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between the king and the parliament. The main body of the royalists was commanded by the king himself; the right wing by prince Rupert; the left by sir Marmaduke Langdale. Fairfax, seconded by Skippon, placed himself in the main body of the opposite army; Cromwell in the right wing ; Ireton, Cromwell's son-in-law, in the left. The charge was begun by prince Rupert with his usual alacrity and success against the left wing, which was entirely broken. The king displayed in this action all the conduct of a prudent general, and all the valour of a stout soldier; the infantry of the parliament was broken and pressed upon by him, till Fairfax, with great presence of mind, brought up the reserve and renewed the combat. Mean. while Cromwell overbore the left wing of the royalists, and having pursued them about a quarter of a mile, he turned back against the king's infantry, and threw them into the utmost confusion. Charles, after the most courageous resistance, was obliged to quit the field, and leave the victory to the enemy. The slain on the side of the parliament exceeded those on the side of the king; but Fairfax made five hundred officers prisoners, and four thousand private men, took all the king's artillery and ammunition, and totally dissipated his infantry.
Among the other spoils was seized the king's cabinet, with the copies of his letters to the queen, which the parliament ordered afterwards to be published, at least such of them as they thought would more indispose the people against him; yet, upon the whole, they are written with delicacy and tenderness, and give an advantageous idea both of his genius and morals. .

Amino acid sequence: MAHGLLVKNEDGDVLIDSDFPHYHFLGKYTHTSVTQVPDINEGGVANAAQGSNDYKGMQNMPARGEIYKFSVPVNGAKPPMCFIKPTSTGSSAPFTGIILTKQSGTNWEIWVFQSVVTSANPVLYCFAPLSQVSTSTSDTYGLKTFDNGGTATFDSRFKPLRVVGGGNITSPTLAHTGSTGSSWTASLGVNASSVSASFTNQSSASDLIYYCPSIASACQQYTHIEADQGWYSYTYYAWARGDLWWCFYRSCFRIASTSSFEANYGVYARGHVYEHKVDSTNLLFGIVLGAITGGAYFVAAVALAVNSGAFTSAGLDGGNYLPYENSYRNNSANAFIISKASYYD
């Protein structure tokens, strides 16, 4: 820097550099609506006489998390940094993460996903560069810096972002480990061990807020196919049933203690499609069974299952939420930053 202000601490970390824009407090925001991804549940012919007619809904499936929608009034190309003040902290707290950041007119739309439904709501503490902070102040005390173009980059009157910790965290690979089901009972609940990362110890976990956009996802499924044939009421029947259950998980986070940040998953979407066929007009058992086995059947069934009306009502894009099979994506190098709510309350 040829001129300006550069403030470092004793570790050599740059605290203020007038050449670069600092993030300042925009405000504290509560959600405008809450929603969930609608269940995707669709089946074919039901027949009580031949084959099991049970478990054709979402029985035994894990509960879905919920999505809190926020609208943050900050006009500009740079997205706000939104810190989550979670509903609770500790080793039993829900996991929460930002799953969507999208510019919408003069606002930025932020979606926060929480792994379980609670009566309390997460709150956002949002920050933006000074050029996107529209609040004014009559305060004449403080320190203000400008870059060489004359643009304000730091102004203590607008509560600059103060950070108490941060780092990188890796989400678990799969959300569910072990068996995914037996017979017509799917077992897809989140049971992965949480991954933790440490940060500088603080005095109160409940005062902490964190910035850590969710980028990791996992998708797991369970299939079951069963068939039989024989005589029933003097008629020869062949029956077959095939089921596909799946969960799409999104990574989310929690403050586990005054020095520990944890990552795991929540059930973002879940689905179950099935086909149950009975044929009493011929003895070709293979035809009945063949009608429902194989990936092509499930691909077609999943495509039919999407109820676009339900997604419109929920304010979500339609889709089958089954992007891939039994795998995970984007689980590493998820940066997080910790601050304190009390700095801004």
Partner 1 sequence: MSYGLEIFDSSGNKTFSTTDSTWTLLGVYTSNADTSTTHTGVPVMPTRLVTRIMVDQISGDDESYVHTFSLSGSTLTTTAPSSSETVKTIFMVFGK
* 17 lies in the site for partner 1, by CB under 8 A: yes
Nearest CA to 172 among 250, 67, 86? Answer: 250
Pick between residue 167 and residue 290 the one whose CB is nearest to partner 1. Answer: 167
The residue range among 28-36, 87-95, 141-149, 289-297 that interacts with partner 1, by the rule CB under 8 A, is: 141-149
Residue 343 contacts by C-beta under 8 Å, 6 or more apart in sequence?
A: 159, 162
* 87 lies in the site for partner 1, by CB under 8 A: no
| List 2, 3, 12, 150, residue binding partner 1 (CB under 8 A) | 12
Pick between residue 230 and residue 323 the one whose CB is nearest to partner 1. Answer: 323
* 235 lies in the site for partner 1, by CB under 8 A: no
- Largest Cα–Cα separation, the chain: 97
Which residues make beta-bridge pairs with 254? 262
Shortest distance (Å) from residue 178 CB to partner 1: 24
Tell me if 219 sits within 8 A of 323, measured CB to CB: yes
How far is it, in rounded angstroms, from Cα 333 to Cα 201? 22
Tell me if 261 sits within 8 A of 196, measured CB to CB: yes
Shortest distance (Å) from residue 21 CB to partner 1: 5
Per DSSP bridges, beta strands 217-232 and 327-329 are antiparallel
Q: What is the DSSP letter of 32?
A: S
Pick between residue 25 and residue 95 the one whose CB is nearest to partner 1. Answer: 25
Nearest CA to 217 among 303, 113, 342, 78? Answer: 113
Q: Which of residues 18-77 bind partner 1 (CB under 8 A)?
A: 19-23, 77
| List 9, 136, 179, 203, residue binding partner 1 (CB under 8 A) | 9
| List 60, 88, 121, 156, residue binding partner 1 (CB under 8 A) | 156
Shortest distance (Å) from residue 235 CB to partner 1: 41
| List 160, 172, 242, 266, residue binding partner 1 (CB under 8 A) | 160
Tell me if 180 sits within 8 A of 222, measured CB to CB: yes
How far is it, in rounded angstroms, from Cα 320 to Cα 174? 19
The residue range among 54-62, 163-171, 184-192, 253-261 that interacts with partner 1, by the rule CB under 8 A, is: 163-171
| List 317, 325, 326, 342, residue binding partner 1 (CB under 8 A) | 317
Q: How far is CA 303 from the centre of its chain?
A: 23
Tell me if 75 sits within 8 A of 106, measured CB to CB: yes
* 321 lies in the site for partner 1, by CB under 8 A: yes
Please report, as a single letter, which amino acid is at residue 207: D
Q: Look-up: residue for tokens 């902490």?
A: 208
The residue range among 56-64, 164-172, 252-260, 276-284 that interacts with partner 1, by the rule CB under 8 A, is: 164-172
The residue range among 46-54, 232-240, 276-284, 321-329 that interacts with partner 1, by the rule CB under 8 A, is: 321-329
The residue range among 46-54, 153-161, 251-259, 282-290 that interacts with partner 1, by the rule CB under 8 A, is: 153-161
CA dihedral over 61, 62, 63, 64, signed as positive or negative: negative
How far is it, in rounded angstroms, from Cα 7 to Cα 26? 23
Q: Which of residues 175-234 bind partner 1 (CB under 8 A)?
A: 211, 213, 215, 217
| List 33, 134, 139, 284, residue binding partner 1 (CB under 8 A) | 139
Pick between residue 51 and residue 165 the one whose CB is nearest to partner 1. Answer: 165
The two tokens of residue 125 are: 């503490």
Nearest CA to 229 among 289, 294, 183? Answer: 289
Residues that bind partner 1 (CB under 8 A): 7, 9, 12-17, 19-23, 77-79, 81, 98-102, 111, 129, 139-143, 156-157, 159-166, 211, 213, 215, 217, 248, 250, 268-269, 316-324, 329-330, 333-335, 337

After the battle Charles retired into Wales with the body of horse which remained entire, and Fair. fax marched to Taunton to suppress the only considerable force which now remained to the royalists. On his approach the siege of Taunton was raised, and the royalists retreated into Somersetshire, where they were pursued and defeated by Fairfax, who, after taking Bridgewater, Bath, and Sherborn, laid siege to Bristol, where prince Rupert had thrown himself, and from the strength of the garrison commanded by a governor of such reputation, an obstinate resistance was expected; the more so that prince Rupert had written a letter to the king, in which he promised to defend the place for four months, if no mutiny obliged him to surrender it. No sooner, however, had the parliamentary forces entered the lines by storm, than the prince capitulated and surrendered the city to, Fairfax. At this unexpected event, which was no less fatal to the royal cause than the late defeat, Charles was so displeased, that in his indignation, he instantly recalled all prince Rupert's commissions, and sent him a pass to go beyond sea. ing advantage from those divisions than perplexed with the difficulty of determining which side it would be most for his interest to comply with. The presbyterians were by their principles the least averse to regal authority, but were rigidly bent on the extirpation of prelacy; the independents were resolute to lay the foundation of a republican government, but it might be hoped, that if they obtained a toleration, they would admit the re-establishment of the hierarchy. So great attachment had the king to episcopal jurisdiction, that he was ever inclined to put it in balance even with his own power and kingly office. He had now but a short time for decision, as Fairfax with a powerful and victorious army was approaching to lay siege to Oxford, which must infallibly fall into his hands. In this desperate situation, he adopted a measure, which was suggested to him by Montreuil, the French ambassador, who had solicited the Scottish generals and commissioners to give protection to their distressed sovereign. He had always transmitted, perhaps with some exaggeration, their general professions to the king. As they had been gra. tified in all their demands, Charles hoped that they had nothing more to exact, and that the sight of their prince flying to them in this extremity of distress, would rouse every spark of generosity in their bosom, and procure him their favour and protection; and, impressed with this his last reliance, he determined to quit Oxford, and fly to the Scottish army, which at that time lay before Newark.